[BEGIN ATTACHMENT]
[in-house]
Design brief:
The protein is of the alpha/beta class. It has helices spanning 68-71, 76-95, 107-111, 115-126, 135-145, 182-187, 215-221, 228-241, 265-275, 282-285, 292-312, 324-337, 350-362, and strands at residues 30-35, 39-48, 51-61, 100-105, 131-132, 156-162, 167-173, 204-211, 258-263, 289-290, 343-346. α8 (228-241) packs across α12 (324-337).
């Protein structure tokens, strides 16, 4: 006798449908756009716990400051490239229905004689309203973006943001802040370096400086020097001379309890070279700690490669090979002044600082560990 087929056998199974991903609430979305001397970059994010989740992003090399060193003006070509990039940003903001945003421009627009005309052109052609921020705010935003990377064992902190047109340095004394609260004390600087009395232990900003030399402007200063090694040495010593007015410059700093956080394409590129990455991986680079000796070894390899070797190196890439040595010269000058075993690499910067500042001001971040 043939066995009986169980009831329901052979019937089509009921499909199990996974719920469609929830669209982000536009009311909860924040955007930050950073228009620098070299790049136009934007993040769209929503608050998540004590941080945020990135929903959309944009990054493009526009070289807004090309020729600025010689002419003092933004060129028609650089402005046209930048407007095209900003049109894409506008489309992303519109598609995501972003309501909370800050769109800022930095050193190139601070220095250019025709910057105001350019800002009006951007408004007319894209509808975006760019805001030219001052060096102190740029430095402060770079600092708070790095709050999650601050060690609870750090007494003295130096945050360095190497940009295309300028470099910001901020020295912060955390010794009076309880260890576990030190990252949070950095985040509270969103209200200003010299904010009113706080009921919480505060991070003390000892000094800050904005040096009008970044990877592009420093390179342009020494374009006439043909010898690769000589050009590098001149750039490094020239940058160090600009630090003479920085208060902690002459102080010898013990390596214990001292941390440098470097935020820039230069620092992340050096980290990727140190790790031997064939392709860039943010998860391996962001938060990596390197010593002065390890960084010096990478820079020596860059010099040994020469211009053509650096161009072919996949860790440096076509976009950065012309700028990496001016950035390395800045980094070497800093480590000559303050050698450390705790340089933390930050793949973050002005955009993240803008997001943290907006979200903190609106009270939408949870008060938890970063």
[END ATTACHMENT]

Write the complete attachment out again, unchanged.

[in-house]
Design brief:
The protein is of the alpha/beta class. It has helices spanning 68-71, 76-95, 107-111, 115-126, 135-145, 182-187, 215-221, 228-241, 265-275, 282-285, 292-312, 324-337, 350-362, and strands at residues 30-35, 39-48, 51-61, 100-105, 131-132, 156-162, 167-173, 204-211, 258-263, 289-290, 343-346. α8 (228-241) packs across α12 (324-337).
């Protein structure tokens, strides 16, 4: 006798449908756009716990400051490239229905004689309203973006943001802040370096400086020097001379309890070279700690490669090979002044600082560990 087929056998199974991903609430979305001397970059994010989740992003090399060193003006070509990039940003903001945003421009627009005309052109052609921020705010935003990377064992902190047109340095004394609260004390600087009395232990900003030399402007200063090694040495010593007015410059700093956080394409590129990455991986680079000796070894390899070797190196890439040595010269000058075993690499910067500042001001971040 043939066995009986169980009831329901052979019937089509009921499909199990996974719920469609929830669209982000536009009311909860924040955007930050950073228009620098070299790049136009934007993040769209929503608050998540004590941080945020990135929903959309944009990054493009526009070289807004090309020729600025010689002419003092933004060129028609650089402005046209930048407007095209900003049109894409506008489309992303519109598609995501972003309501909370800050769109800022930095050193190139601070220095250019025709910057105001350019800002009006951007408004007319894209509808975006760019805001030219001052060096102190740029430095402060770079600092708070790095709050999650601050060690609870750090007494003295130096945050360095190497940009295309300028470099910001901020020295912060955390010794009076309880260890576990030190990252949070950095985040509270969103209200200003010299904010009113706080009921919480505060991070003390000892000094800050904005040096009008970044990877592009420093390179342009020494374009006439043909010898690769000589050009590098001149750039490094020239940058160090600009630090003479920085208060902690002459102080010898013990390596214990001292941390440098470097935020820039230069620092992340050096980290990727140190790790031997064939392709860039943010998860391996962001938060990596390197010593002065390890960084010096990478820079020596860059010099040994020469211009053509650096161009072919996949860790440096076509976009950065012309700028990496001016950035390395800045980094070497800093480590000559303050050698450390705790340089933390930050793949973050002005955009993240803008997001943290907006979200903190609106009270939408949870008060938890970063």